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Craniomandibular problems and orofacial pain

 It is estimated that 15% to 20% of the population suffers from this problem.

Craniomandibular problems

The craniomandibular disorder is a very broad term that encompasses different processes affecting the temporomandibular joint and periarticular tissues, including the masticatory muscles. A very high percentage of joint disorders often lead to joint pain. In fact, almost 80% of patients, according to some epidemiological studies, have neck pain.

It is common for these patients to present localized pain in the orofacial region or referred to the head and neck, all of which may coexist with a greater or lesser loss of mouth opening or other masticatory difficulties.

The physiotherapist is key in the multidisciplinary team treating these patients, as he/she may be the one to provide the most complete treatment as long as he/she is an expert in the area and adopts a multimodal therapeutic approach.
The specific cause of a disorder of this type is unknown since it can appear in any person and at any time of life. However, there is scientific evidence that shows that they affect women more than men and that about 20% of the population suffers from them. The main causes that trigger them are parafunctional (such as bruxism) and stress. After the long development of the COVID-19 pandemic, the latter, emotional stress, seems to be a basic trigger that has increased this type of pathology in patients who were not suffering from disorders until now.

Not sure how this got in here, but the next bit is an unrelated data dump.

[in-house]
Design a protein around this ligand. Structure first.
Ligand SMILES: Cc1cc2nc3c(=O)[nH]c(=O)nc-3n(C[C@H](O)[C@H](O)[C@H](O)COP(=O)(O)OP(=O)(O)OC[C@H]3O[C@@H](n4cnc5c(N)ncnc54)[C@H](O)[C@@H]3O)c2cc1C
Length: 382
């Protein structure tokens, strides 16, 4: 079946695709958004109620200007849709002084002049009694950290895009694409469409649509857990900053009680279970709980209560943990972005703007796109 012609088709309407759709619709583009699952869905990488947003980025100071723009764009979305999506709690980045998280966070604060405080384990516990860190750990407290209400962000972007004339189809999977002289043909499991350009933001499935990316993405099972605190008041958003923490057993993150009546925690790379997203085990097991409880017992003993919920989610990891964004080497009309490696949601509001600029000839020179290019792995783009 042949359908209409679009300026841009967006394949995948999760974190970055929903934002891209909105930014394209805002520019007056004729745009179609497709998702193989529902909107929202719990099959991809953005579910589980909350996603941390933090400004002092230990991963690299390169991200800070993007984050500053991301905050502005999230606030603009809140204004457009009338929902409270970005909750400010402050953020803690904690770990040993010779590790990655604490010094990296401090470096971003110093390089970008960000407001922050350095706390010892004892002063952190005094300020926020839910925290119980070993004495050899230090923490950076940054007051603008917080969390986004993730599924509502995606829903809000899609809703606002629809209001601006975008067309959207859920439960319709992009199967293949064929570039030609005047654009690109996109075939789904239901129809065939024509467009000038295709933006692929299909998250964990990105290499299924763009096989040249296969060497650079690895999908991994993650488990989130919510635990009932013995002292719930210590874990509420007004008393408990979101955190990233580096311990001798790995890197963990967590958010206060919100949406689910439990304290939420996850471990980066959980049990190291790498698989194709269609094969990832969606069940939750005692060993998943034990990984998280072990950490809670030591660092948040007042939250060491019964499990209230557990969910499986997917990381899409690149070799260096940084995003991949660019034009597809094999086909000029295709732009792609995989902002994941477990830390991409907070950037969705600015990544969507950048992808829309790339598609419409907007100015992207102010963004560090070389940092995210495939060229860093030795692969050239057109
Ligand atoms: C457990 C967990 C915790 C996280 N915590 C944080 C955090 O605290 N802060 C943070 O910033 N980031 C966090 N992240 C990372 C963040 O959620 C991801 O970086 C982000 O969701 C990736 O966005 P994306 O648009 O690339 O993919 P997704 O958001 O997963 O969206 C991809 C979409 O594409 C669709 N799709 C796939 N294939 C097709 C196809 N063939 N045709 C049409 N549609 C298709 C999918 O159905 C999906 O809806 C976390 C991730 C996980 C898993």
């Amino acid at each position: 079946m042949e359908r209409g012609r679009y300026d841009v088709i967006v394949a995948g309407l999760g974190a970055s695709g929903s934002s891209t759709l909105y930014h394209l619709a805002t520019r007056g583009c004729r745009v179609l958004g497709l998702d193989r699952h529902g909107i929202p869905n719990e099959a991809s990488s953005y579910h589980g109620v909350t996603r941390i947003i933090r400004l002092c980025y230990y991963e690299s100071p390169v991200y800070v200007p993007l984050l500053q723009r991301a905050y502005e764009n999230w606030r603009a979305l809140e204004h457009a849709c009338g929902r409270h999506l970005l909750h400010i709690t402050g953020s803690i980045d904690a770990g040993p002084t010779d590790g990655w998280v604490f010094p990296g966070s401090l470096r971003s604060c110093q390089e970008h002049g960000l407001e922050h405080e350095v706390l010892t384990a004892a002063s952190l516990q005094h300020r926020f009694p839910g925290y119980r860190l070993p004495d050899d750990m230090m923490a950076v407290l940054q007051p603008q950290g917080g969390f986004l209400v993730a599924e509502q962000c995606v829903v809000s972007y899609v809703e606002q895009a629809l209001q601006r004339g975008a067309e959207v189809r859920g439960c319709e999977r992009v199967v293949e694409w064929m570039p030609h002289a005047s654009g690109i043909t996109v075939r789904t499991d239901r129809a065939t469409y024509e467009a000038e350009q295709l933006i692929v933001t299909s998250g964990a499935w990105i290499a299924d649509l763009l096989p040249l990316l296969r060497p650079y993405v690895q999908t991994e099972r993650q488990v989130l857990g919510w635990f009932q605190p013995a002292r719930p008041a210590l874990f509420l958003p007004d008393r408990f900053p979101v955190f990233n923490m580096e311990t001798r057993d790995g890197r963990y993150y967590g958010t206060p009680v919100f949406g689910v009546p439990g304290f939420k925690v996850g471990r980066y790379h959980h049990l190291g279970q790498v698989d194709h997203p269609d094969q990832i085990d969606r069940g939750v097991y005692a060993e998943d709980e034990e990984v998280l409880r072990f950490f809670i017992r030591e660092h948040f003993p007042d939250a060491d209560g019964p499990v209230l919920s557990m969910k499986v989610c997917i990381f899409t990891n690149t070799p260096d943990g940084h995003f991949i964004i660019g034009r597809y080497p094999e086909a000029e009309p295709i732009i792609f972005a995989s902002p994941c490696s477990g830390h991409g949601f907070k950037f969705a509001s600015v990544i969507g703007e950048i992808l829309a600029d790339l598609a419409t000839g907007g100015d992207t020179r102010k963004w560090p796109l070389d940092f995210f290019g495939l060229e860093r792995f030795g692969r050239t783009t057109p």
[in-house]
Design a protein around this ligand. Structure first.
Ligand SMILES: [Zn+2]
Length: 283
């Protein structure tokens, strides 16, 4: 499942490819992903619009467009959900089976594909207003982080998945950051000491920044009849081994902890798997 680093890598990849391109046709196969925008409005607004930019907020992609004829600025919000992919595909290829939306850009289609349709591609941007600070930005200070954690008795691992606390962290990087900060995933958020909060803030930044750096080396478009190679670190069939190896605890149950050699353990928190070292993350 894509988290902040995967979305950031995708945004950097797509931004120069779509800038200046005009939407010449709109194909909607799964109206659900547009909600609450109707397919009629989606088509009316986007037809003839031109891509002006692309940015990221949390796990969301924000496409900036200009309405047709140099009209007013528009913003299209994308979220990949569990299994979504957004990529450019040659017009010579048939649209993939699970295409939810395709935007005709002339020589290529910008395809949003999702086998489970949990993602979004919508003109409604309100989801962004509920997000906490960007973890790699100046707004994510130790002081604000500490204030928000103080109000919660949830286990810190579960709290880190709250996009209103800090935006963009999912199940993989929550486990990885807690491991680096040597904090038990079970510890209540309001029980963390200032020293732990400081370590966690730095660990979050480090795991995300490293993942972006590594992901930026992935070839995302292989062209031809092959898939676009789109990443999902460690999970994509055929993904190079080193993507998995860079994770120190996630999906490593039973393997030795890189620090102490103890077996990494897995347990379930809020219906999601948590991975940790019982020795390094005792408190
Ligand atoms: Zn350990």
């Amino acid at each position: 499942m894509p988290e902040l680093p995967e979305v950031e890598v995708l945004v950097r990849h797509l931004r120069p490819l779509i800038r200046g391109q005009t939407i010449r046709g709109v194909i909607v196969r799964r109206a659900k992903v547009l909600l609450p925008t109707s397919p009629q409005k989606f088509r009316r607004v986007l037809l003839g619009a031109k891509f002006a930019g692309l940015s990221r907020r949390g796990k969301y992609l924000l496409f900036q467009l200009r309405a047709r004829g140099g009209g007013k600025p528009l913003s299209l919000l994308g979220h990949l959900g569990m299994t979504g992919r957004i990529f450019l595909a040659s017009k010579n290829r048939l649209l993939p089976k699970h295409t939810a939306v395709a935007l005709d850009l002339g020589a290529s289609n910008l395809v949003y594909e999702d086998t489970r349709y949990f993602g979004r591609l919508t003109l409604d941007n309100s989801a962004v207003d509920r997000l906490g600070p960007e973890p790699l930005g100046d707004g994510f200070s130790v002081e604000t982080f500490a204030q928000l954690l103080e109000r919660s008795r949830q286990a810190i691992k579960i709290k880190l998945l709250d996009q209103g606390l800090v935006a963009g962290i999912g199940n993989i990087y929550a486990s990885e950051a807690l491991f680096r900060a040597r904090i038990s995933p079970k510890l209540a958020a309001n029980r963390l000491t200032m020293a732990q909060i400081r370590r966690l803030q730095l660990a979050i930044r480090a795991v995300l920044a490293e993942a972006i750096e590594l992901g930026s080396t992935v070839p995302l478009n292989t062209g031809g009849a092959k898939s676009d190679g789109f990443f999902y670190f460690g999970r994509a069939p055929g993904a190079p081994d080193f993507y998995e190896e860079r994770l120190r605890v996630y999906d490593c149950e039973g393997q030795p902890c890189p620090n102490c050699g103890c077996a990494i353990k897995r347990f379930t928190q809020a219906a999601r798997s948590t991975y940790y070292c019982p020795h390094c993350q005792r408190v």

In addition to parafunction and stress, there are other related risk factors such as high-speed trauma or accidents involving mandibular fracture, micro and macro trauma, certain occlusal characteristics, prolonged mouth opening time (long dental treatments such as endodontics, for example), rheumatoid arthritis, and the fact of being a woman. There are other associated factors that may contribute to the worsening of temporomandibular disorder such as poor sleep quality, low levels of physical activity, the coexistence of headache, and the presence of anxiety and depression.
The most appropriate treatment for these disorders is conservative. For many years, surgical interventions were performed to correct disc positions or to improve the lubrication of the joint and clean it internally. These procedures have ceased to be performed routinely, among other things because scientific evidence has shown that conservative treatment is the best option.

Within the conservative options, there is the possibility of taking analgesics, anti-inflammatory drugs, or muscle relaxants, as prescribed by the physician.  The use of Botox for bruxism or masticatory muscle pain is also currently on the rise. However, this expert in the area assures that there is not enough scientific evidence to justify the use of Botox for analgesic purposes in these patients. For this reason, she always recommends, instead, treatment by means of manual therapy on the craniomandibular structures and the prescription of therapeutic exercise. All this, together with the appropriate recommendations and a systematic therapeutic education process make it possible for patients to recover in most cases. If properly performed, very few will have to undergo surgery.
It is very important to manually treat and precisely prescribe the exercises in these cases; with some patients, the participation of a maxillofacial surgeon will be required to assess whether the case may require surgery.

On the other hand, it is important to point out that a high percentage of patients with long-standing craniomandibular disorders end up developing psychological disorders. For this reason, he believes that the interdisciplinary treatment team should always include a psychologist since some patients need cognitive-behavioral therapy focused on reducing pain, self-management of daily stress, or treatment of certain maladaptive behaviors that the patient may present.

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